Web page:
Did you know that Plantar Fasciitis starts in your lower back?
Plantar fasciitis is a very painful condition—I’ve had it, and it’s awful. It’s considered to be a disorder of the connective tissue that supports the arch of the foot.
However, the pain and inflammation that occurs in the plantar fascia is just a symptom of a full-body pattern of muscle tension that starts in the lower back.
No amount of rest, icing, or wearing arch supports will cure your plantar fasciitis if you don’t address the larger pattern of tension that’s causing the problem. Luckily, the scientific community has started exploring the relationship between plantar fasciitis and pain and dysfunction in the lower back.
Researchers at Des Moines University and the University of Wisconsin published a study in 2017 exploring the association between lower back pain, lower back dysfunction, and plantar fasciitis. They hypothesized that “Lack of response to plantar heel pain (PHP) treatment may be related to unmanaged low back pain (LBP) and low back dysfunction.”
The study found a significantly higher rate of lower back pain among people with plantar heel pain than among controls; 74% of people with plantar heel pain had lower back pain, as compared to 37% of controls. People with plantar heel pain also had 17% higher levels of low back disability than controls. The researchers concluded that treatment to address lower back pain and disability may be advisable in order to successfully improve plantar heel pain.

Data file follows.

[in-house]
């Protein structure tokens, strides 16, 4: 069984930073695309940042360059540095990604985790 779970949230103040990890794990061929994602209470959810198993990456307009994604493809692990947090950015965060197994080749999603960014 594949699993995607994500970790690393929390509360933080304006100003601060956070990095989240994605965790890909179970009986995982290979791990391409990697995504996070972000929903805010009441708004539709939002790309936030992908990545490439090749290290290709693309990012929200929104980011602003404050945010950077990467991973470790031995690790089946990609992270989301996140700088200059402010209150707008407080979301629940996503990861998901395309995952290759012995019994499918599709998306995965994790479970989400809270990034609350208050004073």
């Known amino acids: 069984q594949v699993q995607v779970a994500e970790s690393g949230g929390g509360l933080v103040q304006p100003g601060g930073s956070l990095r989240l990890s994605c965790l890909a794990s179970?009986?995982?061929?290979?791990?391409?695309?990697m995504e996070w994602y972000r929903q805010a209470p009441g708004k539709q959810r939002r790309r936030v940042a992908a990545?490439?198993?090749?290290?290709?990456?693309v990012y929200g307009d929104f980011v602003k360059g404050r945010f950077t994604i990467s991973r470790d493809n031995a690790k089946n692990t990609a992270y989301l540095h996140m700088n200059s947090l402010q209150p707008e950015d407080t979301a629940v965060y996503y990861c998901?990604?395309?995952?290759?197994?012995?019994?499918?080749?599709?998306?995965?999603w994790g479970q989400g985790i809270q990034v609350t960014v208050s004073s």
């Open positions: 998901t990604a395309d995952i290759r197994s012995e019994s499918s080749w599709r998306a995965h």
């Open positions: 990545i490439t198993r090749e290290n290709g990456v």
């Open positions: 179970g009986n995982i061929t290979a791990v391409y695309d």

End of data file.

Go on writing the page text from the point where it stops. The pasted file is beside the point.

What is Plantar Fasciitis?
The plantar fascia is a thick band of connective tissue that runs along the underside of the foot, from the heel bone to the metatarsals. Its function is to support the arch of the foot by carrying tension when the foot bears weight.
When too much is demanded of the plantar fascia, the tissue can become inflamed, degenerate, and very painful.
The underlying cause of Plantar Fasciitis
Our muscles, tendons, ligaments, and bones create a complicated pulley system throughout our body. No part of our body moves independently; movement or tension in one part of the body always affects other parts of the body.
When it comes to plantar fasciitis, tight lower back muscles—the quadratus lumborum and erector spinae group—pull the top of the pelvis and lumbar vertebrae closer together. This typically brings the pelvis into an anterior (forward) tilt. Tight hip flexors will also tilt the pelvis forward, and often play a role in plantar fasciitis.
An even amount of tension across the lower back might translate into plantar fasciitis pain being experienced equally in both feet. But many people have one side of their lower back or one hip that’s tighter than the other.
Imbalanced tightness in the lower back muscles, iliopsoas, and even the obliques can result in us experiencing plantar fasciitis pain more in one foot than the other. That’s what happened with me, and it took me a long time to figure out that my tight iliopsoas on my right side was hiking my right hip up, causing tightness all the way down my right leg that resulted in plantar fasciitis pain in my right foot.
So, when our pelvis is tipped forward, or when one hip is hiked up, our hamstrings get pulled tight. Our hamstrings originate at the bottom of our pelvic bone, run down the back of our thighs, and insert at the tops of our tibia and fibula, the bones of our lower leg.
The tension in our hamstrings pulls on the bones of our lower leg, trying to flex (bend) our knees. This attempt to flex our knees recruits the muscles of the lower leg that flex the knees as well—the gastrocnemius and the plantaris.